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Injuries inflicted on 22-year-old Sophie Kate Elliott were intended to kill and disfigure her, the Christchurch High Court jury hearing the trial of the young woman's attacker was told yesterday.
Clayton Robert Weatherston (33), with whom Miss Elliott was in a relationship for several months in 2007, has admitted killing the graduate economics student on January 9 last year but claims it was manslaughter, not murder.
On the first day of Weatherston's trial before Justice Judith Potter, Crown counsel Marie Grills described the extent and nature of the injuries to Miss Elliott, who died about 12.30pm on that January day.
A pathologist to be called by the Crown would give evidence the pattern of the 216 wounds indicated "a persistent, focused and determined attack", Mrs Grills said.
And she told the jury it was "no coincidence" some of the clusters of wounds related to areas of Sophie's beauty and attractiveness.
Her ears and the tip of her nose had been cut off.
There were stabbing or cutting wounds to her eyes, her throat, a breast, her genital area and other parts of her body.
Several pieces of her long hair had been cut.
Miss Elliott's mother, Lesley, told the court yesterday her daughter was a slightly built, attractive young woman with "lovely dark hair" and that she was always "very fussy" about her hair.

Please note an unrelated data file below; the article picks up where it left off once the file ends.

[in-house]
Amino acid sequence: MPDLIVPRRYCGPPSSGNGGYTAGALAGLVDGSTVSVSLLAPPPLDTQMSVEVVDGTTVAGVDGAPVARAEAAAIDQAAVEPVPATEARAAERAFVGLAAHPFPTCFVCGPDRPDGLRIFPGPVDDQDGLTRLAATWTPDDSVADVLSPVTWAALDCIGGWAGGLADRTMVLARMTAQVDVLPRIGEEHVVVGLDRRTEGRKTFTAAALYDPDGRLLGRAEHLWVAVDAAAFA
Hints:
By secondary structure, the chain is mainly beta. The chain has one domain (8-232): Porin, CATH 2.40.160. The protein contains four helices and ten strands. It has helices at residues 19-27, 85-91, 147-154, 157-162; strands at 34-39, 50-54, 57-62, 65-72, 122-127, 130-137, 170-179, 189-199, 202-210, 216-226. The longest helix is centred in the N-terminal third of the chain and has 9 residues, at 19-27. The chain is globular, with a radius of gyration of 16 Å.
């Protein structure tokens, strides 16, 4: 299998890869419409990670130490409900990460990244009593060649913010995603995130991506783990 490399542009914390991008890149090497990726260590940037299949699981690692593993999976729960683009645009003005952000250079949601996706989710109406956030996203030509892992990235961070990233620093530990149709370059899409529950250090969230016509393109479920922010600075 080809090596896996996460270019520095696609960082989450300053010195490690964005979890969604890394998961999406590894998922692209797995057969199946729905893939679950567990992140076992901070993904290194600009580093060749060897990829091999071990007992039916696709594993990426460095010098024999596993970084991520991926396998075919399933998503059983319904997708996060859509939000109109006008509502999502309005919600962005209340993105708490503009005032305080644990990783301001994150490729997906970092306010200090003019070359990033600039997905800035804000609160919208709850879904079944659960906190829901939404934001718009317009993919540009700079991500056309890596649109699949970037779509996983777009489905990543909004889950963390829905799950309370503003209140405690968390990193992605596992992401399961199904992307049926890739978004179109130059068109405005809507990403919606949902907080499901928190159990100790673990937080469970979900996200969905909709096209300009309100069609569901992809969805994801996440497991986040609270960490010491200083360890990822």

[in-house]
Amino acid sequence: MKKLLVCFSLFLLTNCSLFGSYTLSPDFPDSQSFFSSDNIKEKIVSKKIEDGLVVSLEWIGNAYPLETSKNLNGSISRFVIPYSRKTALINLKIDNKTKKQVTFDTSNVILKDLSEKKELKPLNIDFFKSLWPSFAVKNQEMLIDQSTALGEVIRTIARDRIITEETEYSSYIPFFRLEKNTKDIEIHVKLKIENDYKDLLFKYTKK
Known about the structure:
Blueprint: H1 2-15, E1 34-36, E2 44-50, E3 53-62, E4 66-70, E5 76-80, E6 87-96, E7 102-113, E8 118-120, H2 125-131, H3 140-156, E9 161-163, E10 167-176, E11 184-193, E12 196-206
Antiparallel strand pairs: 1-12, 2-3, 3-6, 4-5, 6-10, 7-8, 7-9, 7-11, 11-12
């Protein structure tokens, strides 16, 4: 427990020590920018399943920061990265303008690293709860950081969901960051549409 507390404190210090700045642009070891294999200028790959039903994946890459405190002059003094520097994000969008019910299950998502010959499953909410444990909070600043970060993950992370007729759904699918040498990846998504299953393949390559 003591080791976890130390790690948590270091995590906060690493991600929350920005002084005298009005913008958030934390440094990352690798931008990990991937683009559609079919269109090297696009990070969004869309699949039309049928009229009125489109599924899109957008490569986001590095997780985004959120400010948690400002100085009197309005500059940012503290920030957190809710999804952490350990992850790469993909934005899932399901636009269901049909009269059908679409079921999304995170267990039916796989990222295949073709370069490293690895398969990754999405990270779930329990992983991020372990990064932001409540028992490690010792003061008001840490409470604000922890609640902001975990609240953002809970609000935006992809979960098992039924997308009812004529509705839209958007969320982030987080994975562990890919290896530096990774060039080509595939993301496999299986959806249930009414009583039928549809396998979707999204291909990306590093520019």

When he told the officer this, he was speaking in a calm and normal tone.
In her outline of the Crown case, Mrs Grills said Weatherston arrived at the Elliott family's Ravensbourne home soon after noon on January 9 last year.
He told her mother he had "something for Sophie" and was allowed into the house.
He was carrying a kitchen knife in a small computer bag when he went upstairs with Miss Elliott to her bedroom.
She was packing before leaving for Wellington and a job with the Treasury.
Mrs Grills told the jury Lesley Elliott would give evidence she turned off the radio in the kitchen so she could hear any loud discussion between Weatherston and her daughter.
And she would say Sophie came downstairs at one stage and told her Weatherston was "just sitting there, not saying anything" and she did not know what he wanted.
After her daughter went back upstairs, Mrs Elliott heard the bedroom door close and her daughter saying "Don't Clayton" or "Stop it Clayton".
Mrs Grills said Mrs Elliott tried to get into her daughter's bedroom because she could hear her screaming, but the door was locked.
She ran downstairs to get a meat skewer so she could unlock the door.
As she was trying to gain entry, she became aware Sophie had stopped screaming but she could hear a rhythmic thumping noise and what sounded like sighs from Sophie.
When Mrs Elliott managed to get the door open, she saw Sophie lying on the floor.
She was covered in blood and Weatherston was straddling her legs and stabbing her, Mrs Grills told the jury.
Weatherston pushed the door shut, preventing Mrs Elliott going into the bedroom.
She called 111 on a cellphone, a call to which the police responded within seven minutes.
The officer had to get Weatherston to unlock the door and, when he asked what had happened, the accused said, in a calm and normal tone, "I killed her", Mrs Grills said.
When asked why, the accused said it was because of "the emotional pain that she has caused me over the past year".